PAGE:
Best recent surprise was discovering, after a thousand miles up the Pacific coast, that my E12 did indeed retain its original cushion tilting mechanism so I was not fated to endless leg cramps and, a few thousand miles later, discovering that it had a telescoping column.

Dug Deep
Dug Deep
11 days ago

Best: our 1990 vintage camper van came with a full set of tools, including rope, Chilton manual, extension cords, wrenches, and two hydraulic jacks.
Worst: it also came with a portable toilet that had not been so much as rinsed.

Myk El
Myk El
11 days ago

Worst/Most annoying: The hood release latch on my 2003 Mini Cooper was on the passenger side. I’m sure it was simply not moved over from being the UK driver’s side.

Best surprise: When I bought my GTO last year, the previous owner was in GM design and worked for someone who assisted in its design and has provided some great insight into some of the choices made. Plus some internal build documentation.

Brynjaminjones
Brynjaminjones
11 days ago

My best surprise was probably when we bought my girlfriend at the time (now wife)’s ’97 Jeep Grand Cherokee.

We live in the UK, and it used to be popular here to convert cars like this to run on propane, as it’s about half the cost of gas. It was typically a dual-fuel system, which started the car on gas then switched over to propane.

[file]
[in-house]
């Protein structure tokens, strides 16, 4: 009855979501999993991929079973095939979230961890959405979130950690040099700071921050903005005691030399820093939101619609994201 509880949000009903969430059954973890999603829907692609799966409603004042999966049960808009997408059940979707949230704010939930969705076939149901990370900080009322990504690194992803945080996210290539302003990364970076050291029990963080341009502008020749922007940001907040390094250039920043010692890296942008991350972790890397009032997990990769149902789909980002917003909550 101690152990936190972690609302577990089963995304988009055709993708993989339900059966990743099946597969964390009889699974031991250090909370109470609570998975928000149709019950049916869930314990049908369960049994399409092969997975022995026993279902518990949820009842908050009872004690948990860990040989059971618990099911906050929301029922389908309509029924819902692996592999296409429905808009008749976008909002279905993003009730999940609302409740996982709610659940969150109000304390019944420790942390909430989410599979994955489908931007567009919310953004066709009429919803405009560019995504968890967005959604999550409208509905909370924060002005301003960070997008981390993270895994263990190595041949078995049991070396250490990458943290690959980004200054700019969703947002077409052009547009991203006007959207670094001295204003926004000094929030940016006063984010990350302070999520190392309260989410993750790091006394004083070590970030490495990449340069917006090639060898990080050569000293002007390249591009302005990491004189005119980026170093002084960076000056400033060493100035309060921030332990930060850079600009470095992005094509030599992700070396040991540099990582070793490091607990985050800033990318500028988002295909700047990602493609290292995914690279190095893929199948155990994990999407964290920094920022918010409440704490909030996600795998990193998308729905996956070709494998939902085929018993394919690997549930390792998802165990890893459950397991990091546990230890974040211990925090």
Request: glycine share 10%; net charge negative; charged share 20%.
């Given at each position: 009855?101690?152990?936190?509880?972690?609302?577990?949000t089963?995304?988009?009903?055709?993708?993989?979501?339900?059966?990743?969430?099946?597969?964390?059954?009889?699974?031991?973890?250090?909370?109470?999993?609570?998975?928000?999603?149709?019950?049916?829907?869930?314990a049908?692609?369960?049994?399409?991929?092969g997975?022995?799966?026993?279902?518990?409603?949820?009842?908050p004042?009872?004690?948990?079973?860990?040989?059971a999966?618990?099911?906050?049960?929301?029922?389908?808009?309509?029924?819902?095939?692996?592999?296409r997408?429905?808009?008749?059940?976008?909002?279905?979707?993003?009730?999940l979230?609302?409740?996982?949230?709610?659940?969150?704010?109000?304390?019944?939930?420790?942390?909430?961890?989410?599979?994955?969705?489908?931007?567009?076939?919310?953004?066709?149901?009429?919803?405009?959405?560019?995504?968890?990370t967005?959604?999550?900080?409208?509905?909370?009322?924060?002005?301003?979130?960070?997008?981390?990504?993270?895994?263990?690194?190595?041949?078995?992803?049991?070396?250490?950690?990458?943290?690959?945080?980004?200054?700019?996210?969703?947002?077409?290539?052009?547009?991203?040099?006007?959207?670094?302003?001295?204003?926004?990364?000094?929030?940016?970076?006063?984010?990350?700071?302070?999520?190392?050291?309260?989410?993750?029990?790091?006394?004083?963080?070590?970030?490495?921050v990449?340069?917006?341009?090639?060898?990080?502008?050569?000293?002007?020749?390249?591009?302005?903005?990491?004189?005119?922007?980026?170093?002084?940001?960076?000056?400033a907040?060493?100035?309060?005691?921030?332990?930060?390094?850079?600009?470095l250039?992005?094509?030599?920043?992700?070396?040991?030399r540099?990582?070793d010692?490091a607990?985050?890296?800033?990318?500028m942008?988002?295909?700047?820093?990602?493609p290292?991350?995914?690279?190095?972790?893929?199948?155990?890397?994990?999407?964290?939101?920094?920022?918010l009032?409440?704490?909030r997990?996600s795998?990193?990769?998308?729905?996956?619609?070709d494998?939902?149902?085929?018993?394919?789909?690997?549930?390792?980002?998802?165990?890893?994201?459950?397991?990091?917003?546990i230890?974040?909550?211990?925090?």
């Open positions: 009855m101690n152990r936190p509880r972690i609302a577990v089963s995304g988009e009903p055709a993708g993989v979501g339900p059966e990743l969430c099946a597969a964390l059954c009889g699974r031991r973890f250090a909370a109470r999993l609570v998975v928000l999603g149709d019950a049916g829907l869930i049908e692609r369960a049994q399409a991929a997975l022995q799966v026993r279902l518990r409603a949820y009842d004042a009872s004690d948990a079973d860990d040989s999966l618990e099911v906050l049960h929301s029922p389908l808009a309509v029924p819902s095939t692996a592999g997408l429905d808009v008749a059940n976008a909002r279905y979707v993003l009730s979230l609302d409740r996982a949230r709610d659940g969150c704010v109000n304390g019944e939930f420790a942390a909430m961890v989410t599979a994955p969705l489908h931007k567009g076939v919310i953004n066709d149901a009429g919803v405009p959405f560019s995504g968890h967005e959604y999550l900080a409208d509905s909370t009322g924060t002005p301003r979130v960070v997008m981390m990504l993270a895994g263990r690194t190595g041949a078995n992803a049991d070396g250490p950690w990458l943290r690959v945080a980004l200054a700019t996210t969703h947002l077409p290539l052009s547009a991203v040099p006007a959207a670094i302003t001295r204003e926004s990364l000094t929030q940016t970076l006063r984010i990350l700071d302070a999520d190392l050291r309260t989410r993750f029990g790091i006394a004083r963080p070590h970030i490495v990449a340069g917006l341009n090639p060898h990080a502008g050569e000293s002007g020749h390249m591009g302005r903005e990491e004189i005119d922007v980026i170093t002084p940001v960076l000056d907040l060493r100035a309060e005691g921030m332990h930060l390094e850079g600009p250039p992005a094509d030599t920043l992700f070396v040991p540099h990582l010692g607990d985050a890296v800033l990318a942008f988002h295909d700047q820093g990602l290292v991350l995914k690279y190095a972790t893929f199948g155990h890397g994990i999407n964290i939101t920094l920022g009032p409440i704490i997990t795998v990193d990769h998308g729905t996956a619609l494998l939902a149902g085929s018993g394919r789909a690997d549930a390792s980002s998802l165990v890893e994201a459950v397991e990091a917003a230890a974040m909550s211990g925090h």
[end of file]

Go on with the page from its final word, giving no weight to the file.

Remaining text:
We bought her Jeep with a “non-functioning” propane kit, which meant it could only run on gas – the button to switch to propane would flash red if you tried to switch fuels.
This propane system on her car took up most of the space of the factory gas tank, which meant that it now had a much smaller ~6 gallon gas tank, which was good for maybe 100 or so miles.

We drove it like this for several weeks, before finally taking it to a propane specialist.
Their first comment was “have you filled the tank?”, which of course we hadn’t.

I took it straight to a propane station, filled it up, then drove home with a fully functioning propane system. It turns out the gauge had just failed, permanently showing a full tank!

139
0
Would love your thoughts, please comment.x
()
x